- New skills: you can take organised fighting/magic/history etc. classes at the schools in town if you want to develop your character, but you can also actually learn new skills, such as blacksmithing, woodworking, calligraphy, cooking etc.
As you can see there’s quite a lot to do and this honestly hasn’t even scratched the surface. Everything is pretty complex in terms of details and can be overwhelming, but the actual out-of-game mechanics of it are quite simple and easy to learn. Even the battles can get quite complex, as people bring functioning siege weapons and golems and get super deep into tactics.
At this point you might be wondering what happens if you die, since the festival does last 5 days. Well, there’s Limbus, a giant shadowy haunted labyrinth, where dead characters’ souls go for a chance to return to the land of the living. All dead fighters neatly line up at the entrance and are given a tiny soul light, which they have to safely bring to the exit. However, there are creatures and other players who have lost their lights prowling the corridors of Limbus, so the whole thing can take a while, if it’s not crowded. You are also given a death quest, which changes every time. The Limbus tent is an oven during the hot summer days though, so it’s worth dying early in the day… The other option is the Gardens of Eternal Twilight, which I haven’t tried yet, or trusting one of the necromancers that lurk around the entrance to Limbus, which may or may not end well.
If your character is killed during a ritual, they stay dead forever. Similarly, in the final battle (die Endschlacht, i.e. the Apocalypse), which takes place at the end of the festival, lasts several hours and is essentially all camps against each other, the dead characters just move to the sides to watch, as the festival is effectively over. Here’s some videos of the Endschlacht to give you a feel for how huge Drachenfest really is: 1, 2, 3.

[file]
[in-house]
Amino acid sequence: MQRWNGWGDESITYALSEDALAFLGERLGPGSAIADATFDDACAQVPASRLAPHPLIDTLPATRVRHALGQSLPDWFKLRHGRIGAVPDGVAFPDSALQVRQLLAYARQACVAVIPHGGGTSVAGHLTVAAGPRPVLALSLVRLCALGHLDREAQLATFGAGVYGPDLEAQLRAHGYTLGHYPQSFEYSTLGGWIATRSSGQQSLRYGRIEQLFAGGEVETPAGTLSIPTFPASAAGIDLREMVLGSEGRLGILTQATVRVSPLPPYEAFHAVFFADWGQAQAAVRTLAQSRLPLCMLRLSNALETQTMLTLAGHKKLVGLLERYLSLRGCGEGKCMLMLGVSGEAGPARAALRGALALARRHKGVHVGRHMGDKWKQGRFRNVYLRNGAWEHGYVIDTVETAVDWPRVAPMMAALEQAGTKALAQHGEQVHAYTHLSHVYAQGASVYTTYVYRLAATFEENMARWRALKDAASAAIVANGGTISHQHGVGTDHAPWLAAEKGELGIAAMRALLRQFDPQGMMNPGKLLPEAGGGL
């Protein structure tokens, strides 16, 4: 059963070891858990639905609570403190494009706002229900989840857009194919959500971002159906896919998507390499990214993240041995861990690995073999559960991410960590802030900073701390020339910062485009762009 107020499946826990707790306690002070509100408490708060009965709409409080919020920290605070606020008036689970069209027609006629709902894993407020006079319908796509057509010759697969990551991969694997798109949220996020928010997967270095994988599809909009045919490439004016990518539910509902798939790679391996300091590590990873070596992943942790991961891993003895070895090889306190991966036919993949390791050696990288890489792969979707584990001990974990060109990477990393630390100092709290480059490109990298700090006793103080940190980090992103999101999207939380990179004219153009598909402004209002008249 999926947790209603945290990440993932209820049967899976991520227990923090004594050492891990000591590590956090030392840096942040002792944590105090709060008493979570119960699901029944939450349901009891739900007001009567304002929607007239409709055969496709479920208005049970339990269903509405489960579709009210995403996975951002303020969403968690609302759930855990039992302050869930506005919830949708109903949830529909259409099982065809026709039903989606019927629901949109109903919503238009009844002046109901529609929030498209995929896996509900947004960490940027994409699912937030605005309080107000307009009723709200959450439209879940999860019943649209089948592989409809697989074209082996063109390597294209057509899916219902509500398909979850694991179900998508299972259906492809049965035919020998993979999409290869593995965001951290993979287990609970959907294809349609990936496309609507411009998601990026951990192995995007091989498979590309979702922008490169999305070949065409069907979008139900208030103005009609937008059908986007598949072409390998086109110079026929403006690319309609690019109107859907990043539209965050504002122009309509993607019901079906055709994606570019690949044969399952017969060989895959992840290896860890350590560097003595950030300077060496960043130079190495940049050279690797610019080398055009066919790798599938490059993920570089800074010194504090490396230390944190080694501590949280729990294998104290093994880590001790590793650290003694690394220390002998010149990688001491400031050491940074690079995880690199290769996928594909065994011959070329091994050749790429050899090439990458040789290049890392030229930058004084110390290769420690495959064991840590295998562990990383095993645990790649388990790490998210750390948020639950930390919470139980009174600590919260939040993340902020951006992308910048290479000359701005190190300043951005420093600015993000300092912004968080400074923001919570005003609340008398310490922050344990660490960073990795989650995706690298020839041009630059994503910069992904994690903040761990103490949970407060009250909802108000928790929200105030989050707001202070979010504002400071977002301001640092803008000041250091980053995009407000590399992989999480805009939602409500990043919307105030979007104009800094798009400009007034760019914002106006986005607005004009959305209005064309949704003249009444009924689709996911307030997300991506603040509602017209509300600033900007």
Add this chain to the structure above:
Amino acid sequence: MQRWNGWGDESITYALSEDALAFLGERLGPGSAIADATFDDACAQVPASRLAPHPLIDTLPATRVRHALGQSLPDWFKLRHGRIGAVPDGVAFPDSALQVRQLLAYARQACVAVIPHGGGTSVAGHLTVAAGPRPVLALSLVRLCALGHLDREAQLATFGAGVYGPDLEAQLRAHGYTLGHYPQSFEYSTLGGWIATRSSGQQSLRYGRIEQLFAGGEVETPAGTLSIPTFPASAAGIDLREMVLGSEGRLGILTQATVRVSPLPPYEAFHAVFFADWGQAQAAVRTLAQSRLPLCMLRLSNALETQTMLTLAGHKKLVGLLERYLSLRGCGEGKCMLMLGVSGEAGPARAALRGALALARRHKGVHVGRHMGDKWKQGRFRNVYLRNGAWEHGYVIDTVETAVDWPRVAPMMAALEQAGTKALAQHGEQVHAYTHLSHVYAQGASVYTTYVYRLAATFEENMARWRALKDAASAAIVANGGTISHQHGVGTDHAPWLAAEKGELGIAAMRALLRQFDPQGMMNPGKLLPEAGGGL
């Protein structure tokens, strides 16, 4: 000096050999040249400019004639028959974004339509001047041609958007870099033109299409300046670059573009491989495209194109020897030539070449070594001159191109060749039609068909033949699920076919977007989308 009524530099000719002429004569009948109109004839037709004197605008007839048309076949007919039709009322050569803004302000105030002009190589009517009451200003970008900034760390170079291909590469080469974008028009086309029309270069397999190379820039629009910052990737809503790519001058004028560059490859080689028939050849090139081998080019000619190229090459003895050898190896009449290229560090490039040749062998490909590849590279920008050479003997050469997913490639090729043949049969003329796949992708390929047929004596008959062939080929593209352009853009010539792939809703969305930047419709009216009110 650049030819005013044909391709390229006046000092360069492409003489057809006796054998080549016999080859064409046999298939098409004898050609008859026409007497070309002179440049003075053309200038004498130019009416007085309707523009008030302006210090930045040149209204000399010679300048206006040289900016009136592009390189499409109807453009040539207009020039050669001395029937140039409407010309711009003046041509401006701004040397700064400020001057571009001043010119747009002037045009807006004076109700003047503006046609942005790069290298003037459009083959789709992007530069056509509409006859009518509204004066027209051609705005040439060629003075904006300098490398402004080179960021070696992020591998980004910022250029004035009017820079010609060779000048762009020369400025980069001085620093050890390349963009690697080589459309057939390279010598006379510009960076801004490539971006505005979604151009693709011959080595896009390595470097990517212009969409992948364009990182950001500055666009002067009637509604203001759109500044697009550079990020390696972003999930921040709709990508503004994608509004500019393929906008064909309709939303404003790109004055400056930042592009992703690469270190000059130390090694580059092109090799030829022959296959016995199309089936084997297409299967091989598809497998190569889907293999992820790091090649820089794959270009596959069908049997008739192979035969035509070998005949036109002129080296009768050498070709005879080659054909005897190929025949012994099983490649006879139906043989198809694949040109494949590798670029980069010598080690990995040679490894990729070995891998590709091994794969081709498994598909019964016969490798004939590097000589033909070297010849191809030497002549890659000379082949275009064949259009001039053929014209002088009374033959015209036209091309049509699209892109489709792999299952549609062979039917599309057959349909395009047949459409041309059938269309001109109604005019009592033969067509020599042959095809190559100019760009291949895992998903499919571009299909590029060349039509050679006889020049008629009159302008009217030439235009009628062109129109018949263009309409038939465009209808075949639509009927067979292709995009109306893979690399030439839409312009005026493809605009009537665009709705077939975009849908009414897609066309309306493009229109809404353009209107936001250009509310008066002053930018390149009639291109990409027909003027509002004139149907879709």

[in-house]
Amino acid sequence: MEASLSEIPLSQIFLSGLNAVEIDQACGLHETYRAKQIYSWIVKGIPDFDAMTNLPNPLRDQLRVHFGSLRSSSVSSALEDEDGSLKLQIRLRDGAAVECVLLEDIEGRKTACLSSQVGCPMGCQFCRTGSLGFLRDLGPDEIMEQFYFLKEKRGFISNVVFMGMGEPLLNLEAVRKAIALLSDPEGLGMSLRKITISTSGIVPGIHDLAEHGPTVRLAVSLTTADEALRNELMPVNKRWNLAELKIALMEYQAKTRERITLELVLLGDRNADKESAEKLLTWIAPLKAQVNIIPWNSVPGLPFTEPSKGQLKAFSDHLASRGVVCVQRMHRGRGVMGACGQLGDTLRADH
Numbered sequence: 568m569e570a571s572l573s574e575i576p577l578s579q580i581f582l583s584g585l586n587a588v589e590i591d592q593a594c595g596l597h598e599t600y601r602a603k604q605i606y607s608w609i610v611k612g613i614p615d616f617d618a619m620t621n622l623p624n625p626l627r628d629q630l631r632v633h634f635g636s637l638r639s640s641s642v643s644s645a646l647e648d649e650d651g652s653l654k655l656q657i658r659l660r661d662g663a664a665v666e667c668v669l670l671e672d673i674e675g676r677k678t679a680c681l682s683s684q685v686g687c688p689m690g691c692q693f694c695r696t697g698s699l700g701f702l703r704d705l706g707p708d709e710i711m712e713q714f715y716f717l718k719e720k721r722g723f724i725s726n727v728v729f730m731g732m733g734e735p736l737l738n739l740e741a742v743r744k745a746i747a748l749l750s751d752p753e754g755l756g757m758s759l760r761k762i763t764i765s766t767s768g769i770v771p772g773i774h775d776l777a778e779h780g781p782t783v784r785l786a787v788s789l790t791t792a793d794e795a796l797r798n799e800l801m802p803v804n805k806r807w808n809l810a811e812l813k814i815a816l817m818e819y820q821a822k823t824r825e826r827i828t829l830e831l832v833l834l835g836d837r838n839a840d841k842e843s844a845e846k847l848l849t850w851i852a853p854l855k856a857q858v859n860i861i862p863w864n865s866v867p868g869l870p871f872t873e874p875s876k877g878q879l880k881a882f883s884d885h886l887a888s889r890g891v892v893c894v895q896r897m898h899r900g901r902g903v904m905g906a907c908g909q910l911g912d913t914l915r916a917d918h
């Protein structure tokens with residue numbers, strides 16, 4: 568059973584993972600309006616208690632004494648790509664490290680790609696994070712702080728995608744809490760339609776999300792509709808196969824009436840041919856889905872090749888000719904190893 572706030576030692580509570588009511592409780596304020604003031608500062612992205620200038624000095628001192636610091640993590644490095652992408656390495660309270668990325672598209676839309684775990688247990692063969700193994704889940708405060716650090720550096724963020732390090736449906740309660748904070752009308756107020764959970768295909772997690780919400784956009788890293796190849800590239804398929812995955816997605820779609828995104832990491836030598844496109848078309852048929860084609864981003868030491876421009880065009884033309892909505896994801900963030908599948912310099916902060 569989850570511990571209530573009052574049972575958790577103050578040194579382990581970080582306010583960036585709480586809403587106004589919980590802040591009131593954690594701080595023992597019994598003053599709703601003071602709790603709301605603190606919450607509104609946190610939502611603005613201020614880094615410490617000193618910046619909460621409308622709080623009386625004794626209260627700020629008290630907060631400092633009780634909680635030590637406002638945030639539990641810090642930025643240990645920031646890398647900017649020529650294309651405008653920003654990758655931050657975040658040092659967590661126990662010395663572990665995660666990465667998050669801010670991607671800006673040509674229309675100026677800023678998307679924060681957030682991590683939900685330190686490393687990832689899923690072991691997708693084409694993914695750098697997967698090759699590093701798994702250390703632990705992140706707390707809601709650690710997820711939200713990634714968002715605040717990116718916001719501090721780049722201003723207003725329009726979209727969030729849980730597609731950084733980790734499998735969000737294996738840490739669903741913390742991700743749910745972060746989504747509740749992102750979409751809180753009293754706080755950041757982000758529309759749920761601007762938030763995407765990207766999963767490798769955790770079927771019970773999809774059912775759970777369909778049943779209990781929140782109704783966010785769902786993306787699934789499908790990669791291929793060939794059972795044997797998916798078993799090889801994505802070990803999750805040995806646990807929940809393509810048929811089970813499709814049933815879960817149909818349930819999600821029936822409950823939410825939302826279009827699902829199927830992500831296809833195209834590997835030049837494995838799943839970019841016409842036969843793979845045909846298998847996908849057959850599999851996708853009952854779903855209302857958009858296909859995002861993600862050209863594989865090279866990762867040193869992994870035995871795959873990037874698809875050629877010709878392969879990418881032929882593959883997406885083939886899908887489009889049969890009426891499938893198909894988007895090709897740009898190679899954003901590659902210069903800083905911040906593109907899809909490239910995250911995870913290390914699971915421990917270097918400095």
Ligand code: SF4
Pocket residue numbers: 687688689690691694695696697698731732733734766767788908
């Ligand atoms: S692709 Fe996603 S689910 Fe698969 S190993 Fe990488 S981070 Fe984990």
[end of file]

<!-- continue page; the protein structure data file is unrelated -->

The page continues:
Battles and sieges
If you’re still here, we’ve finally gotten to what I personally consider the most impressive part of Drachenfest. Every year the German LARP community builds a whole in-game town from scratch and trust me, it’s pretty big. The town is called Aldradach and it has everything a town should have. It features many LARP-related shops (OK, they actually make money from being there, but the rest of the in-game institutions are run and built by volunteers), a Post Office, a Newspaper Office, the Town Hall, the City watch, a Prison, a Casino, a Brothel called Vitalium, the Magic Guild with a Magic school, the Fighter’s Guild with a fighting Arena, the Temple of dragons, the Caravanseray (Arabic-inspired shisa and pillows tea place), the Tribes’ market and camp, the Dwarven quarter, a Bakery, several taverns (the Thirsty Dagger is the pirate one with the best mead), a Blacksmith, the Healer’s guild (complete with experiments on patients), a Scribe, a Goblin photographer, a Bank, a Dating Agency, a general School, a Tea house, a Massage parlour and the Colonies (a community of free artists and craftsmen, which only take in-game money as payment). There are also beggars, who have their own little corner, hot tubs, child care, food vendors with ice cream and a fancy restaurant and probably many other things, which I’ve forgotten to mention. The town changes every year, depending on how many groups manage to attend the festival, so it’s always a new experience. P.S. The hill above Aldradach is where the out-of-game toilets and showers are located, although each camp has their own water source and portable toilets.